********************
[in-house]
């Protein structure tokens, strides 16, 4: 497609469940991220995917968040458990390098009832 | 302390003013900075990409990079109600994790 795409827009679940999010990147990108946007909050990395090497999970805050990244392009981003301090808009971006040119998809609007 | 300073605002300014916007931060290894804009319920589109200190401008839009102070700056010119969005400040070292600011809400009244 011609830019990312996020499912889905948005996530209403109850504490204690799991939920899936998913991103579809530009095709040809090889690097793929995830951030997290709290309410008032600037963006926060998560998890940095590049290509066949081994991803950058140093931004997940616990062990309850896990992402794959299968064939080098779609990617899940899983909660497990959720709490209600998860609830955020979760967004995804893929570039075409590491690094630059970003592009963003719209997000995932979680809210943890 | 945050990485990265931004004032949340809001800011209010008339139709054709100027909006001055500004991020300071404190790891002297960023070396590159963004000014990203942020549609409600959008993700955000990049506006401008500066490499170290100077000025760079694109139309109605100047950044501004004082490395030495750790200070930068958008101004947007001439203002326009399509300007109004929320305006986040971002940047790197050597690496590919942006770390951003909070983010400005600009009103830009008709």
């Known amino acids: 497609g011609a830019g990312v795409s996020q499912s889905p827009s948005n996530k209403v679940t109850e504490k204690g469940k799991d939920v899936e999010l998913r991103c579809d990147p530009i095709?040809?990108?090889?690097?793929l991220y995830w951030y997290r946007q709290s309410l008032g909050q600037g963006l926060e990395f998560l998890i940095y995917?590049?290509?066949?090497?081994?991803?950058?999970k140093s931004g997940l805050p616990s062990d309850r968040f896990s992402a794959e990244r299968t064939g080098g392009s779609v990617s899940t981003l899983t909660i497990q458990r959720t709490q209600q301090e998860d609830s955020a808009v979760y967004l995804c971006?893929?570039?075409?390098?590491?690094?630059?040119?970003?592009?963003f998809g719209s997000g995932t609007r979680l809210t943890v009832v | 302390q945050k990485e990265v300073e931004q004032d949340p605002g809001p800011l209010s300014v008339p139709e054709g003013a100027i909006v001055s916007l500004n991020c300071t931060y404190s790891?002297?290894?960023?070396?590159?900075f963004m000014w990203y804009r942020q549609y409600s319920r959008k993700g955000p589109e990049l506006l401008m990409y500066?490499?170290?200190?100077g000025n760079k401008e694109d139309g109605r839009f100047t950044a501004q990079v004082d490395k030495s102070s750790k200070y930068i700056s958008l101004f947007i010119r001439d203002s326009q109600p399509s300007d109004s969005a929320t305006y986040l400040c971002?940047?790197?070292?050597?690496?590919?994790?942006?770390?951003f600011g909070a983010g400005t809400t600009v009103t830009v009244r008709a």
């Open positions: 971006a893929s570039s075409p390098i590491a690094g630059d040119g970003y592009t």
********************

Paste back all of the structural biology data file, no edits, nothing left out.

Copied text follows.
[in-house]
């Protein structure tokens, strides 16, 4: 497609469940991220995917968040458990390098009832 | 302390003013900075990409990079109600994790 795409827009679940999010990147990108946007909050990395090497999970805050990244392009981003301090808009971006040119998809609007 | 300073605002300014916007931060290894804009319920589109200190401008839009102070700056010119969005400040070292600011809400009244 011609830019990312996020499912889905948005996530209403109850504490204690799991939920899936998913991103579809530009095709040809090889690097793929995830951030997290709290309410008032600037963006926060998560998890940095590049290509066949081994991803950058140093931004997940616990062990309850896990992402794959299968064939080098779609990617899940899983909660497990959720709490209600998860609830955020979760967004995804893929570039075409590491690094630059970003592009963003719209997000995932979680809210943890 | 945050990485990265931004004032949340809001800011209010008339139709054709100027909006001055500004991020300071404190790891002297960023070396590159963004000014990203942020549609409600959008993700955000990049506006401008500066490499170290100077000025760079694109139309109605100047950044501004004082490395030495750790200070930068958008101004947007001439203002326009399509300007109004929320305006986040971002940047790197050597690496590919942006770390951003909070983010400005600009009103830009008709």
């Known amino acids: 497609g011609a830019g990312v795409s996020q499912s889905p827009s948005n996530k209403v679940t109850e504490k204690g469940k799991d939920v899936e999010l998913r991103c579809d990147p530009i095709?040809?990108?090889?690097?793929l991220y995830w951030y997290r946007q709290s309410l008032g909050q600037g963006l926060e990395f998560l998890i940095y995917?590049?290509?066949?090497?081994?991803?950058?999970k140093s931004g997940l805050p616990s062990d309850r968040f896990s992402a794959e990244r299968t064939g080098g392009s779609v990617s899940t981003l899983t909660i497990q458990r959720t709490q209600q301090e998860d609830s955020a808009v979760y967004l995804c971006?893929?570039?075409?390098?590491?690094?630059?040119?970003?592009?963003f998809g719209s997000g995932t609007r979680l809210t943890v009832v | 302390q945050k990485e990265v300073e931004q004032d949340p605002g809001p800011l209010s300014v008339p139709e054709g003013a100027i909006v001055s916007l500004n991020c300071t931060y404190s790891?002297?290894?960023?070396?590159?900075f963004m000014w990203y804009r942020q549609y409600s319920r959008k993700g955000p589109e990049l506006l401008m990409y500066?490499?170290?200190?100077g000025n760079k401008e694109d139309g109605r839009f100047t950044a501004q990079v004082d490395k030495s102070s750790k200070y930068i700056s958008l101004f947007i010119r001439d203002s326009q109600p399509s300007d109004s969005a929320t305006y986040l400040c971002?940047?790197?070292?050597?690496?590919?994790?942006?770390?951003f600011g909070a983010g400005t809400t600009v009103t830009v009244r008709a």
């Open positions: 971006a893929s570039s075409p390098i590491a690094g630059d040119g970003y592009t």